South Dakotan foodways are most famously defined by chislic — deep-fried skewers of cubed red meat. It’s not as simple as it sounds. There are several regional variations within the state. Seasonings usually are minimal, but they can vary. In the North, beef is more common. The farming town of Freeman, which hosts an annual festival celebrating the regional specialty, is considered the capitol of chislic culture. Here, lamb and mutton are the pretty much the only meats you find on toothpicks or tiny skewers.
The Chislic House, being a butcher shop/restaurant, will put chicken and beef on skewers, but they won’t dare call it chislic. The restaurant is a new concept attempting to elevate and celebrate Dakotan foodways and the bounty of local agricultural products. The servers and management here will happily talk you through the Volga (Russian-German) origins of the dish. They will even give you a complete history of the many restaurants that have occupied the building, which is also chronicled with a photo essay on the wall.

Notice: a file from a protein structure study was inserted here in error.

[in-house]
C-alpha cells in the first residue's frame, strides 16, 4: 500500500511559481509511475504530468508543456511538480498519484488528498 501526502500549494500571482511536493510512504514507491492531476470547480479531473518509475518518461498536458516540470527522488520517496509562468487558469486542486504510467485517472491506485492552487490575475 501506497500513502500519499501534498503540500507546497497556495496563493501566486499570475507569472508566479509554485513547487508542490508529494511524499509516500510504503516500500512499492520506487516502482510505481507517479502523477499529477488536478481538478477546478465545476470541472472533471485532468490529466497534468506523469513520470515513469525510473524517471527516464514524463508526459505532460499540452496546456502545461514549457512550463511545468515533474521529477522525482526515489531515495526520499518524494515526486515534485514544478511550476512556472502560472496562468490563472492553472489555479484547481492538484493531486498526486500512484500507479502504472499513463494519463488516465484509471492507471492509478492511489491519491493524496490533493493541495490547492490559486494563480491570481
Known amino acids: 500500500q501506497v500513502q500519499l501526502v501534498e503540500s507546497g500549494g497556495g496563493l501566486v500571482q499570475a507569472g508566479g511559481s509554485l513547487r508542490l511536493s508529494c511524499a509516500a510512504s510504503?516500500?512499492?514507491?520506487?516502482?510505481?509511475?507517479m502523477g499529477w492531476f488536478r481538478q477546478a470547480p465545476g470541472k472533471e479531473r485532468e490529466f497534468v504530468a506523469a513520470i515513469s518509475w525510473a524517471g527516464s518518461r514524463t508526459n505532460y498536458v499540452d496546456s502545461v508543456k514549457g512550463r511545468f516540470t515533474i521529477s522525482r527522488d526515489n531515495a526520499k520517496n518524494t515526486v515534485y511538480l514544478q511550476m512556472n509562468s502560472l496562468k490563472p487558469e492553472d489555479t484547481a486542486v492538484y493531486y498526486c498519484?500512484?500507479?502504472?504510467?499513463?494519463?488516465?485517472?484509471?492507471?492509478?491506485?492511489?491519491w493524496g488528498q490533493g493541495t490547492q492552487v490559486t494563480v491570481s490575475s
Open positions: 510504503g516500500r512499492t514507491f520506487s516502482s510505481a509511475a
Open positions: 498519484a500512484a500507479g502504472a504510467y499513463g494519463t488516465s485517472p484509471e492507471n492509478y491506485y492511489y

As the name suggests, chislic is the right thing to order here. Don’t get distracted by the grilled or marinated variations. The Greek marinade on the mutton, while flavorful, leaves the meat too soft and a tad mealy. Stick to local tradition and get your meat fried. The fried lamb Chislic here is classic, served with garlic salt and presented as dark brown cubes. The skewers themselves are quite generous, making the minimum order of six a filling snack for one person.
The night we visited, Minnesota sports were playing and the mood was joyous. An all-South Dakotan list of draft beers helped to keep things festive, especially thanks to an amber ale brewed especially for the restaurant by the Firehouse Brewery in Rapid City, dubbed “Chislic Beer.” The nutty red beer is a thoughtful match for tender lamb.
The menu also offers Bierock, a yeasty Nebraskan handpie that, like chislic, has Russian-German origins. Skip it. This isn’t Nebraska, and this isn’t a best dish. Save room for extra skewers of chislic, and save room for house-made ice cream, which is delicious. We enjoyed a special strawberry scoop made with berries sourced from one of the owner’s farms.
Homesick South Dakotans rejoice! The Chislic House offers vacuum packed skewers of chislic and many other varieties of kabob available shipped to all corners of the U.S.